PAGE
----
[G.R. No. 26247. March 18, 1927. ]
JUAN YSMAEL & CO., INC., Plaintiff-Appellant, v. NAGEEB T. HASHIM and AFIEE ABDO CHEYBAN GORAYEB, Defendants. AFIFE ABDO CHEYBAN GORAYEB, Appellant.
M. H. de Joya, Felipe Ysmael and Claudio R. Sandoval, for Plaintiff-Appellant.
Gibbs & McDonough and J. E. Blanco, for Defendant-Appellant.
1. CIVIL PROCEDURE; REAL PARTY IN INTEREST; ASSIGNMENT OF CREDITS. — A debtor has the right to demand that the person who sues him for the debt shall be the real party in interest and have a valid title to the chose in action involved; a mere equivable right to an assignment of the credit is not sufficient.
2. ID.; EVIDENCE; BOOK ACCOUNTS; INQUIRIES AS TO SOURCES OF ENTRIES. — In an action upon a book account, the defendant debtor should be given the opportunity, if he so desires, to inquire into the source of the entries found in the plaintiff’s books of account in relation to the indebtedness.
3. ID.; ID.; INTRODUCTION OF TESTIMONY GIVEN IN AN EARLIER CASE; LAYING FOUNDATION FOR SUCH INTRODUCTION; ADMISSIONS AGAINST INTEREST. — The defendant offered in evidence testimony given in an earlier case by members of the plaintiff firm, Held: That if such testimony contained admissions against interest by the parties to the action or their agents, it would have been admissible without the laying of a foundation and without the witnesses having testified in the case at bar; but the purpose of the offer of the testimony was evidently to impeach the testimony of the same witnesses in the present case and, if so, a foundation should have been laid by calling the attention of the witnesses to the former statements so as to give them opportunity to explain before the statements were offered in evidence.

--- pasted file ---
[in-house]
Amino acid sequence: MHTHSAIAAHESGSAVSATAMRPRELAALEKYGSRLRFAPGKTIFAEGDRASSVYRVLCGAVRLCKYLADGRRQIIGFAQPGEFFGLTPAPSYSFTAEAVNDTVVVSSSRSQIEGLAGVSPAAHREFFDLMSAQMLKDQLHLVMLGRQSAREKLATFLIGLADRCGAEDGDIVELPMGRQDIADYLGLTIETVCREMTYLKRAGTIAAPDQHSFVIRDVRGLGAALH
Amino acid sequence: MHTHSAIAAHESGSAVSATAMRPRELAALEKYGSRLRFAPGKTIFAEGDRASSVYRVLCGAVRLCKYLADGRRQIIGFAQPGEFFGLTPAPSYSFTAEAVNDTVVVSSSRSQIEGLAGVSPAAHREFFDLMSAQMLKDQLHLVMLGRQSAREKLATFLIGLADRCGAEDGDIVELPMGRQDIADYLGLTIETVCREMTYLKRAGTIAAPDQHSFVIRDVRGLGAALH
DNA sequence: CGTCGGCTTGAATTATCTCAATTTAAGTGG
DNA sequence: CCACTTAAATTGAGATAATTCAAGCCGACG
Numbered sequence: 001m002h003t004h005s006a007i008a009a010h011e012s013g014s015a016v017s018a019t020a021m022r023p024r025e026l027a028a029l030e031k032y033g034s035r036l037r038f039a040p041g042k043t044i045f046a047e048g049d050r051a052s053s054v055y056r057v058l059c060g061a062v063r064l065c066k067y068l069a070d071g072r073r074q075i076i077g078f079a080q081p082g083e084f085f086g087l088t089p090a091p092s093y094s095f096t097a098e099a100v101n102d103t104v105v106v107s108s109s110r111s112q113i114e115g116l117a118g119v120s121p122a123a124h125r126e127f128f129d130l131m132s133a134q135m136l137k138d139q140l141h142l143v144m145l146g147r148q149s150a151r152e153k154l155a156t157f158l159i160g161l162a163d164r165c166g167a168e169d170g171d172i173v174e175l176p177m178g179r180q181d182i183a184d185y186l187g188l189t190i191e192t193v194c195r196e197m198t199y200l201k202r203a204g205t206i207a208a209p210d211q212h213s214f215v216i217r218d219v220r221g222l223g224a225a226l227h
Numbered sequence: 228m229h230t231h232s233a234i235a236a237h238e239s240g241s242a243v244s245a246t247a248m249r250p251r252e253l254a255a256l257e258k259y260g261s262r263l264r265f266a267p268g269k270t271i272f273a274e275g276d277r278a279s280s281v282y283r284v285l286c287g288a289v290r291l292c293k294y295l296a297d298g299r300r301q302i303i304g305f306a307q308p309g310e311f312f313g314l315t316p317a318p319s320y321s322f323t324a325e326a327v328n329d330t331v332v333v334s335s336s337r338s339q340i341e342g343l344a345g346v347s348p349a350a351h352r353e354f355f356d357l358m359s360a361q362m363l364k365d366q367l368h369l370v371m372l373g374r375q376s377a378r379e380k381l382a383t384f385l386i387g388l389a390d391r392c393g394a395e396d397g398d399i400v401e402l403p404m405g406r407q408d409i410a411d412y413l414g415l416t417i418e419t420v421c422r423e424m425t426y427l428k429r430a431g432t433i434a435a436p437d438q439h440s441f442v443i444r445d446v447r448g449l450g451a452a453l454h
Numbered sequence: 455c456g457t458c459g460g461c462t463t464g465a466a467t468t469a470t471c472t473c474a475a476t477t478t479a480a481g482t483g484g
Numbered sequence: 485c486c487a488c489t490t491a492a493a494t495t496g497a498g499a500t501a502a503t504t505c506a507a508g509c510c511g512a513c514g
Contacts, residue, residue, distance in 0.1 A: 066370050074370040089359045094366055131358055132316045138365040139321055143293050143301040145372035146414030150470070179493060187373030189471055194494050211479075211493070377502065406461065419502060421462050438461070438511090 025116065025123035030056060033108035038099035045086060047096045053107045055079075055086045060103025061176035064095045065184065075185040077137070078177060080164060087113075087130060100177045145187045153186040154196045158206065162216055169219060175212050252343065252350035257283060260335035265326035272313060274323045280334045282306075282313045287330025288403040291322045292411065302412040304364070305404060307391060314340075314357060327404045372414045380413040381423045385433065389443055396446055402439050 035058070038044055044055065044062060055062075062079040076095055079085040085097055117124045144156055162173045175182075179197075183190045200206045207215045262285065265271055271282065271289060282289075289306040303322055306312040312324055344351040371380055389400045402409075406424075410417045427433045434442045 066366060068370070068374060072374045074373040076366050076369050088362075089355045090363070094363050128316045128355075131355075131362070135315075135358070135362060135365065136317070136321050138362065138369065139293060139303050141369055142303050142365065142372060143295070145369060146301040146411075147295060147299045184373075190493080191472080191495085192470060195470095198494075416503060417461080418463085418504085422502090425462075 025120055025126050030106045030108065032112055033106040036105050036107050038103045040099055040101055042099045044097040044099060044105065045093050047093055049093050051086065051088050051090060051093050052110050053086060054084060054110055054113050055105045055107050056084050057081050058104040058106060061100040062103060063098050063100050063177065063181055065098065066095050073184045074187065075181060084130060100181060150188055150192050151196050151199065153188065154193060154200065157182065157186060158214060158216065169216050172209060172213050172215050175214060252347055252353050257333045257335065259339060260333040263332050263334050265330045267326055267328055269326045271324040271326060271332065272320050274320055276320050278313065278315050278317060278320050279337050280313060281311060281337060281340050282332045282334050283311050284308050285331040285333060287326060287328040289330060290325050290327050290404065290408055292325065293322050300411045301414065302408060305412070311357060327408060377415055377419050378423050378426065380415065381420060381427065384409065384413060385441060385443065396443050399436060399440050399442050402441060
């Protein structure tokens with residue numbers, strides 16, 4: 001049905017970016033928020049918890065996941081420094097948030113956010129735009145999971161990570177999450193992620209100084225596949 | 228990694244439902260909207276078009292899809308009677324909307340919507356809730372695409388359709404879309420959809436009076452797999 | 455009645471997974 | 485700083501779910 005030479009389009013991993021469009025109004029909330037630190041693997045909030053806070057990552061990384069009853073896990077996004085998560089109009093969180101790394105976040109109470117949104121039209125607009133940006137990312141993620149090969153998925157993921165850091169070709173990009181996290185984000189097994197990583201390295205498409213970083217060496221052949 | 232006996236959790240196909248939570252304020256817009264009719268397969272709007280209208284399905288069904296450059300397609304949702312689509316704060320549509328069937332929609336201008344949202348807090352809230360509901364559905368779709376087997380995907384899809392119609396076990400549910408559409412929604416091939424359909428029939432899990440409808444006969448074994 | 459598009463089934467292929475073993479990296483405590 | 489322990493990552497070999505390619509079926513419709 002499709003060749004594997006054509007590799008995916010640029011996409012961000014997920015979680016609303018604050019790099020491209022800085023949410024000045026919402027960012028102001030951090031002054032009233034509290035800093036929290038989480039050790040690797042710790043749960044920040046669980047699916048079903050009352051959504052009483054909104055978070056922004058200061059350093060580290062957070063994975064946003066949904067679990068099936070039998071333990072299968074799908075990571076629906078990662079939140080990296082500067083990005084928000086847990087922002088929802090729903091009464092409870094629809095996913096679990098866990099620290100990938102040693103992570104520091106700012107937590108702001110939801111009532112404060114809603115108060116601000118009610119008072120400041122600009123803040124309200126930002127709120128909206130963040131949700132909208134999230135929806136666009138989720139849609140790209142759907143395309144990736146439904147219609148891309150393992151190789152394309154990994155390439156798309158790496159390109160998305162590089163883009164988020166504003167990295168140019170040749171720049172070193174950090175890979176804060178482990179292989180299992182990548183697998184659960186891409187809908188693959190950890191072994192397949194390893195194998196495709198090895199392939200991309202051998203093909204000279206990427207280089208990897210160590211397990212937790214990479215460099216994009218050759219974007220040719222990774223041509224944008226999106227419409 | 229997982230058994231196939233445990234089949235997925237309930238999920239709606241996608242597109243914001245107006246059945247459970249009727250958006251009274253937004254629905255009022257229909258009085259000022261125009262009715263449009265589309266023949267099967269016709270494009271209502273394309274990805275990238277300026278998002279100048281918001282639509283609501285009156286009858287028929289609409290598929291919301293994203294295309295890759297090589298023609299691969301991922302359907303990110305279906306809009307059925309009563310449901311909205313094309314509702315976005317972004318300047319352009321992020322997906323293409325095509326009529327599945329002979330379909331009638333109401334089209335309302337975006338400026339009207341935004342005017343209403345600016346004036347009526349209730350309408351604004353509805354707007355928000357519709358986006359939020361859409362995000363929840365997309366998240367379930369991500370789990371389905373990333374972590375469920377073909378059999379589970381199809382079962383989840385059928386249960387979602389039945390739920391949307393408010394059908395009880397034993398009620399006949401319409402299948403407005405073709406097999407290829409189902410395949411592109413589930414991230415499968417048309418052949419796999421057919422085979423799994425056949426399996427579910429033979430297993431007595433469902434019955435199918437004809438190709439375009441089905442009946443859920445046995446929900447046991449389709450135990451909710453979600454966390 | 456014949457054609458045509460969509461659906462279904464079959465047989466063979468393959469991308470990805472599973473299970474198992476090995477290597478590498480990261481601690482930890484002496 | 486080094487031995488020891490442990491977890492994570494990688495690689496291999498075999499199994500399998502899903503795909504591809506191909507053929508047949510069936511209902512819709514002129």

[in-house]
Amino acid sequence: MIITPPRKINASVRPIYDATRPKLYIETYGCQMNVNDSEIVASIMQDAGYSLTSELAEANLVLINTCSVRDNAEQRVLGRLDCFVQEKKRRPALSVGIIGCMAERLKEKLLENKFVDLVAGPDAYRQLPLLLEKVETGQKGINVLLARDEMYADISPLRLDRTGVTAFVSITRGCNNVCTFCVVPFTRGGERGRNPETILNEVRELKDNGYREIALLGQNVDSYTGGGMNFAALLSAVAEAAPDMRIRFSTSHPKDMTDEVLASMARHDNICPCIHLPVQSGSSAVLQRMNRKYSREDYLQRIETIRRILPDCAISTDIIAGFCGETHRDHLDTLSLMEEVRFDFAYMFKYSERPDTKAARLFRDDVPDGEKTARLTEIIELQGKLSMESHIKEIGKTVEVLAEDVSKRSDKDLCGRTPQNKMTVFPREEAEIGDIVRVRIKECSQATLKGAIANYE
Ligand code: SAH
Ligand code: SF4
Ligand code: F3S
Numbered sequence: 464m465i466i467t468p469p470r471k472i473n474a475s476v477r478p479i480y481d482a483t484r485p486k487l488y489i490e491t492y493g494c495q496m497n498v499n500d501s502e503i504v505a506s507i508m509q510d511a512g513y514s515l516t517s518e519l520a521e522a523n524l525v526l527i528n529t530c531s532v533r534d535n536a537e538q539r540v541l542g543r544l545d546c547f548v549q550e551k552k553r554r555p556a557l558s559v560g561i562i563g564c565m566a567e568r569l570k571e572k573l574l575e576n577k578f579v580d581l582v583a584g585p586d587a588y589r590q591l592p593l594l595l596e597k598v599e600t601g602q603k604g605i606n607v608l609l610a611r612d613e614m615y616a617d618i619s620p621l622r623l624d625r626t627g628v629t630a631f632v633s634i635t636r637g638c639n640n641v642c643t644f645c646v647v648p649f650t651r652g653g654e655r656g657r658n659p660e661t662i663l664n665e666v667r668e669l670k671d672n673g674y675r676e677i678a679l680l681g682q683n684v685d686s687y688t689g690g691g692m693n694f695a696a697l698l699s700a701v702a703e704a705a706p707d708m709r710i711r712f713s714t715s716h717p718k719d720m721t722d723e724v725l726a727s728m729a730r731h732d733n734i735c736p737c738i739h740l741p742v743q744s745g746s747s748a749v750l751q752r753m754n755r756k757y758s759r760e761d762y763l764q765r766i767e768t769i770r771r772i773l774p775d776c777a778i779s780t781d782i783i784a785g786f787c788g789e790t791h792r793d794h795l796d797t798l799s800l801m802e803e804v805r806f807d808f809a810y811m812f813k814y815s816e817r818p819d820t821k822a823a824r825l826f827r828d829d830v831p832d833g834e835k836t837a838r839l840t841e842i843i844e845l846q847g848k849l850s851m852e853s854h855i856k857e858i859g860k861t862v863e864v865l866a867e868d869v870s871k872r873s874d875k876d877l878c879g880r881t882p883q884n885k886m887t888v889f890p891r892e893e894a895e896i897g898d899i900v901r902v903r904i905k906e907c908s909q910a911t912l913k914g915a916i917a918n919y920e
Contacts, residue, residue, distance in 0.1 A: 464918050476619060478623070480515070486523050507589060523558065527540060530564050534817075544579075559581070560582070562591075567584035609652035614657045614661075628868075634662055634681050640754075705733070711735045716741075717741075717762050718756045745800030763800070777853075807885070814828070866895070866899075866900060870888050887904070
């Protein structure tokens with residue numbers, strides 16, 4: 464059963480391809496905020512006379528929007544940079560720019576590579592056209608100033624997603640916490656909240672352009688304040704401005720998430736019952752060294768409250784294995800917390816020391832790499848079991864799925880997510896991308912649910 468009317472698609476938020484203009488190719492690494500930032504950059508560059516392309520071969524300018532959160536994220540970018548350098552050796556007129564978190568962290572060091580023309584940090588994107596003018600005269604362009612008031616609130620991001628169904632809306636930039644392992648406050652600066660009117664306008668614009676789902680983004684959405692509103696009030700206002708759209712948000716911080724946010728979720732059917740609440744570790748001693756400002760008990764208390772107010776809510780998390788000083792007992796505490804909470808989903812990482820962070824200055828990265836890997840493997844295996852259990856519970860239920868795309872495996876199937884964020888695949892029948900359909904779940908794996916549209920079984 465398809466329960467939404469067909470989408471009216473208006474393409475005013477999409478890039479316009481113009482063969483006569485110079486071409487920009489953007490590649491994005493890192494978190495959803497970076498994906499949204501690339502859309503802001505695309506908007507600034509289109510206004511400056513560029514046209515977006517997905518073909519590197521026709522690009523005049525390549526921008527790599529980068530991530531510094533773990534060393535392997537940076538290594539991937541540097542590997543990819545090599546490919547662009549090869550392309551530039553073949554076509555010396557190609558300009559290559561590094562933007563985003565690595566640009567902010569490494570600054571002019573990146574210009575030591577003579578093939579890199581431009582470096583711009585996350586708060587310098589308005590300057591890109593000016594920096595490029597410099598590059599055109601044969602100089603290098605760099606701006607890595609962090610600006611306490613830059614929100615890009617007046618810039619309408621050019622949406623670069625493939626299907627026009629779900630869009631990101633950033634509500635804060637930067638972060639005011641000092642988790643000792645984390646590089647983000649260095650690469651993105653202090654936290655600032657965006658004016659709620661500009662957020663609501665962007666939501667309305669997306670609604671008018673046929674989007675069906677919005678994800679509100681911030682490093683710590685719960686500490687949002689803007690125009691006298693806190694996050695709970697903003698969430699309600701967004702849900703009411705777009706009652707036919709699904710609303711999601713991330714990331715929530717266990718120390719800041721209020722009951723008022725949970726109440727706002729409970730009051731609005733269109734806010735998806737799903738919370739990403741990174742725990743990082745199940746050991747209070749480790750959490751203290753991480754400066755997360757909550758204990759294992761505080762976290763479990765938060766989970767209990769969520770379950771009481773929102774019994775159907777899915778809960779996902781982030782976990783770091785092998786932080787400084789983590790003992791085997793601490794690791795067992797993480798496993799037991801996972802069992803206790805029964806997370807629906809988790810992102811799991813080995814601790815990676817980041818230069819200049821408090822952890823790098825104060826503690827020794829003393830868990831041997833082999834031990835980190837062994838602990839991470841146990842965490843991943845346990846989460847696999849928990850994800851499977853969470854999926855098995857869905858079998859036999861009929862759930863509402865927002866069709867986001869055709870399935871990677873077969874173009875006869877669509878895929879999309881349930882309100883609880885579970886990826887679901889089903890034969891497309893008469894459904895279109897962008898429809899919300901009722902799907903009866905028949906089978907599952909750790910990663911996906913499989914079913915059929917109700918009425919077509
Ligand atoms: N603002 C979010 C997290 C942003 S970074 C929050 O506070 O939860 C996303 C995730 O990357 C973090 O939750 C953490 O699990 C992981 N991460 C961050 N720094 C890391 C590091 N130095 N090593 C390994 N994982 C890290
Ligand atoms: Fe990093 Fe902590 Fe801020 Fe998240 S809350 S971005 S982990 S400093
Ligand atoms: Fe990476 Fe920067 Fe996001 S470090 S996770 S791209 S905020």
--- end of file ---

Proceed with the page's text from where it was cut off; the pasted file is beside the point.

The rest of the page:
D E C I S I O N